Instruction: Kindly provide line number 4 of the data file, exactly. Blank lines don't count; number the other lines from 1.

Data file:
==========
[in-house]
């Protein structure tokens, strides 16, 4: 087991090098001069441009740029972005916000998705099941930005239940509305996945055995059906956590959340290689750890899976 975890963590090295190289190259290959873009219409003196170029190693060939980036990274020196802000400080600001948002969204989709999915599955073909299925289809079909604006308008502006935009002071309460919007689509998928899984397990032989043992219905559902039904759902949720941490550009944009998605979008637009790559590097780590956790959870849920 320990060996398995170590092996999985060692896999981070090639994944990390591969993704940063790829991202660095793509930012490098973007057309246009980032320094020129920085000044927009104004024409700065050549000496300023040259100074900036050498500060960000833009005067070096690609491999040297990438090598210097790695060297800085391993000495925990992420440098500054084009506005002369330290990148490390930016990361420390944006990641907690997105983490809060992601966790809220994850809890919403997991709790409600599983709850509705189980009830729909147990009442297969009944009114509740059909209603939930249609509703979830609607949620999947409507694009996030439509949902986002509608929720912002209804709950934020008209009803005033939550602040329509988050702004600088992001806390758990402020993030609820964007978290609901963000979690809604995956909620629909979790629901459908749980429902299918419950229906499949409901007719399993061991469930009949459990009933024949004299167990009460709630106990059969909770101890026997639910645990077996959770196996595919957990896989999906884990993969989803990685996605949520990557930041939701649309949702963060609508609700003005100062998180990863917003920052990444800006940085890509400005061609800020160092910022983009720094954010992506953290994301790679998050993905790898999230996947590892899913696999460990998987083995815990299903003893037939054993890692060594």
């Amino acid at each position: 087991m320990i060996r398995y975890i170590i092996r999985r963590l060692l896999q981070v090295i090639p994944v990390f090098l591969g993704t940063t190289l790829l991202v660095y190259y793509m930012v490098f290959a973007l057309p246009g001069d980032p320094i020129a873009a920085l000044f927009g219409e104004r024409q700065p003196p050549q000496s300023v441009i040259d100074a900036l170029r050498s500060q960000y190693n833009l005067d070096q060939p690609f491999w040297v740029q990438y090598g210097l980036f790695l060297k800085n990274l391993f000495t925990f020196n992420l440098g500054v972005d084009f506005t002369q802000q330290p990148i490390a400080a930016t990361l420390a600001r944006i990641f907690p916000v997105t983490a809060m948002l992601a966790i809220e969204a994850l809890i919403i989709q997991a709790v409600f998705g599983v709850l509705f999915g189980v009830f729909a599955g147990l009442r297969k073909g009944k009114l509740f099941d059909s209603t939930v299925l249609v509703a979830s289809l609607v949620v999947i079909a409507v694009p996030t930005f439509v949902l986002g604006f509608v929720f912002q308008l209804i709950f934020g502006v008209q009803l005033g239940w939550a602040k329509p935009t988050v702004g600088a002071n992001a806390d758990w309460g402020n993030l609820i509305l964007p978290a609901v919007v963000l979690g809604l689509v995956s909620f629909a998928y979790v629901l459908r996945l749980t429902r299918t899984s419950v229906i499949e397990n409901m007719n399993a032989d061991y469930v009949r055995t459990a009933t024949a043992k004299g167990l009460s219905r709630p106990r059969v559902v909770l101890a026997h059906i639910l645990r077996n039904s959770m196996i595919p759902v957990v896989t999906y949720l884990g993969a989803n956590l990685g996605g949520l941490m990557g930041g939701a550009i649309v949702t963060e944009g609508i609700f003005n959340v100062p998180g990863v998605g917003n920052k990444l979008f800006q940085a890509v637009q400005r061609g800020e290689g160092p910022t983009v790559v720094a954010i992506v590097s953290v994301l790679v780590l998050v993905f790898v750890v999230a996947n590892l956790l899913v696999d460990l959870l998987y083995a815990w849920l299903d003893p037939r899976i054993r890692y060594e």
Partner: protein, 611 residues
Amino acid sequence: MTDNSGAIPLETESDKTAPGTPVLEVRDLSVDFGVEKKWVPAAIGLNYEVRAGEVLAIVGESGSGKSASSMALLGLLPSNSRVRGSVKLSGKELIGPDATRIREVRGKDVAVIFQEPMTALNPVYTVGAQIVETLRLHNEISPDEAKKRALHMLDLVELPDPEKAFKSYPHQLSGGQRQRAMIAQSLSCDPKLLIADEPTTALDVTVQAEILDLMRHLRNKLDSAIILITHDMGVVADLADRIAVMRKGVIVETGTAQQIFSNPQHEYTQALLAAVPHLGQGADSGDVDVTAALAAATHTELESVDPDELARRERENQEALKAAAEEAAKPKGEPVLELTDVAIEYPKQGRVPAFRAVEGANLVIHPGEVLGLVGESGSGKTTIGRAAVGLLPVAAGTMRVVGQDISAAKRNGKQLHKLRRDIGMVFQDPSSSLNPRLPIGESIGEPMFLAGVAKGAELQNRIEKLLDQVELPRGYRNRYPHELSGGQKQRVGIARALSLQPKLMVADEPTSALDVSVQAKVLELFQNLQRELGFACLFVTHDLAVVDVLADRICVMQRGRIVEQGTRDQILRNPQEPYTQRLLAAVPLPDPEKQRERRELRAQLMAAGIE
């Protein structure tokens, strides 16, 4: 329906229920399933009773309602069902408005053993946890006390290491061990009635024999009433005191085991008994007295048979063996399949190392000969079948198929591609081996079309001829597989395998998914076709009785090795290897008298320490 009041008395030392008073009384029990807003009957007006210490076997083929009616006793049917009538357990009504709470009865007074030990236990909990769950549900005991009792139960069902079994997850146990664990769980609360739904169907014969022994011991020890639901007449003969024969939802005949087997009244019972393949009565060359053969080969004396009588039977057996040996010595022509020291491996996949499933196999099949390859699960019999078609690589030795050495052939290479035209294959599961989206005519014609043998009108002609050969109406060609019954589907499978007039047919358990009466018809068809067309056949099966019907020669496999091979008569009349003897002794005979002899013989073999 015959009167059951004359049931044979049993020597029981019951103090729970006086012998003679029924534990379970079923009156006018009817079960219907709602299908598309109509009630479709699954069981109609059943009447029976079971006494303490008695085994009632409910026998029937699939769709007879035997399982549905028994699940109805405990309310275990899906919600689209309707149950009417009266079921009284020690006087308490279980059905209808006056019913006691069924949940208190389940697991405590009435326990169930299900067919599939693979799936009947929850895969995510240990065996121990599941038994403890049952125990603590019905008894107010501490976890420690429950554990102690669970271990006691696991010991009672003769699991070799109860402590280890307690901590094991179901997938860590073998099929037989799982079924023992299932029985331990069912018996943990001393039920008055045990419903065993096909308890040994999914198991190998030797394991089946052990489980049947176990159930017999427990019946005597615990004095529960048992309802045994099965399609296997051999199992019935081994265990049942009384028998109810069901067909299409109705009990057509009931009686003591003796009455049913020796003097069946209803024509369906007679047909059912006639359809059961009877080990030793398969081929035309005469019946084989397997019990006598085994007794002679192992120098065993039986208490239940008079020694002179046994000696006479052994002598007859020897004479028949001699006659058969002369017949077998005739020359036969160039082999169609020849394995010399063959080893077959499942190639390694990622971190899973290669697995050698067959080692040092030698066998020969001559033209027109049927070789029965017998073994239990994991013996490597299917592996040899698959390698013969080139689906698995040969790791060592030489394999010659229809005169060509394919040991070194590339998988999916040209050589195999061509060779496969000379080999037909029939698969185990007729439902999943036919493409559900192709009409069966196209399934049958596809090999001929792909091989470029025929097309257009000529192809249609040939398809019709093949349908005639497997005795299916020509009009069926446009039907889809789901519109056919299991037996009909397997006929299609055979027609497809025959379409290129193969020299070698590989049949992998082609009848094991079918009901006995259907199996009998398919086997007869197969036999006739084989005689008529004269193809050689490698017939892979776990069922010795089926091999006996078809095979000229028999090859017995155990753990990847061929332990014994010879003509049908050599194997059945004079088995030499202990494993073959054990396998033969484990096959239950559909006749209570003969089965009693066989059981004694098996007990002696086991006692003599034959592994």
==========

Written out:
Partner: protein, 611 residues